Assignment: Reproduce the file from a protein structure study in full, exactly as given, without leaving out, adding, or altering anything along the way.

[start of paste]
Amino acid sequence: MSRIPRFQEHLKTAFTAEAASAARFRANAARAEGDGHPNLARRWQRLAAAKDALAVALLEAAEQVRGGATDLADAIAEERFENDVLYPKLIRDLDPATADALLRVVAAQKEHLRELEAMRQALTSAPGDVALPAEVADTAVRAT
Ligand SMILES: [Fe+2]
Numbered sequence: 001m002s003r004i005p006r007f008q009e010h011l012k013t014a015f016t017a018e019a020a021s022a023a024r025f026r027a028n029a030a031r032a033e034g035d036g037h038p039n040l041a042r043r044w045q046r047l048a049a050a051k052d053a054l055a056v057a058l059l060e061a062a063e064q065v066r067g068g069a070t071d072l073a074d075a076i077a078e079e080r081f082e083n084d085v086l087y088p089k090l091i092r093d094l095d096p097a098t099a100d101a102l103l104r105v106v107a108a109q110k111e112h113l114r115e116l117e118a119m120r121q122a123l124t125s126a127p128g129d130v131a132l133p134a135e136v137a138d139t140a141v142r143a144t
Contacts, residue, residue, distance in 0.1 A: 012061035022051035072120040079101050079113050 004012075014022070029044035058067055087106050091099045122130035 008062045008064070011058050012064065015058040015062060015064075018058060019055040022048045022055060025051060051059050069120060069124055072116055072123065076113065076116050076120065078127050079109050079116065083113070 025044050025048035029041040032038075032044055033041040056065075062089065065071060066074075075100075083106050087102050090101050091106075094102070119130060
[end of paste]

Amino acid sequence: MSRIPRFQEHLKTAFTAEAASAARFRANAARAEGDGHPNLARRWQRLAAAKDALAVALLEAAEQVRGGATDLADAIAEERFENDVLYPKLIRDLDPATADALLRVVAAQKEHLRELEAMRQALTSAPGDVALPAEVADTAVRAT
Ligand SMILES: [Fe+2]
Numbered sequence: 001m002s003r004i005p006r007f008q009e010h011l012k013t014a015f016t017a018e019a020a021s022a023a024r025f026r027a028n029a030a031r032a033e034g035d036g037h038p039n040l041a042r043r044w045q046r047l048a049a050a051k052d053a054l055a056v057a058l059l060e061a062a063e064q065v066r067g068g069a070t071d072l073a074d075a076i077a078e079e080r081f082e083n084d085v086l087y088p089k090l091i092r093d094l095d096p097a098t099a100d101a102l103l104r105v106v107a108a109q110k111e112h113l114r115e116l117e118a119m120r121q122a123l124t125s126a127p128g129d130v131a132l133p134a135e136v137a138d139t140a141v142r143a144t
Contacts, residue, residue, distance in 0.1 A: 012061035022051035072120040079101050079113050 004012075014022070029044035058067055087106050091099045122130035 008062045008064070011058050012064065015058040015062060015064075018058060019055040022048045022055060025051060051059050069120060069124055072116055072123065076113065076116050076120065078127050079109050079116065083113070 025044050025048035029041040032038075032044055033041040056065075062089065065071060066074075075100075083106050087102050090101050091106075094102070119130060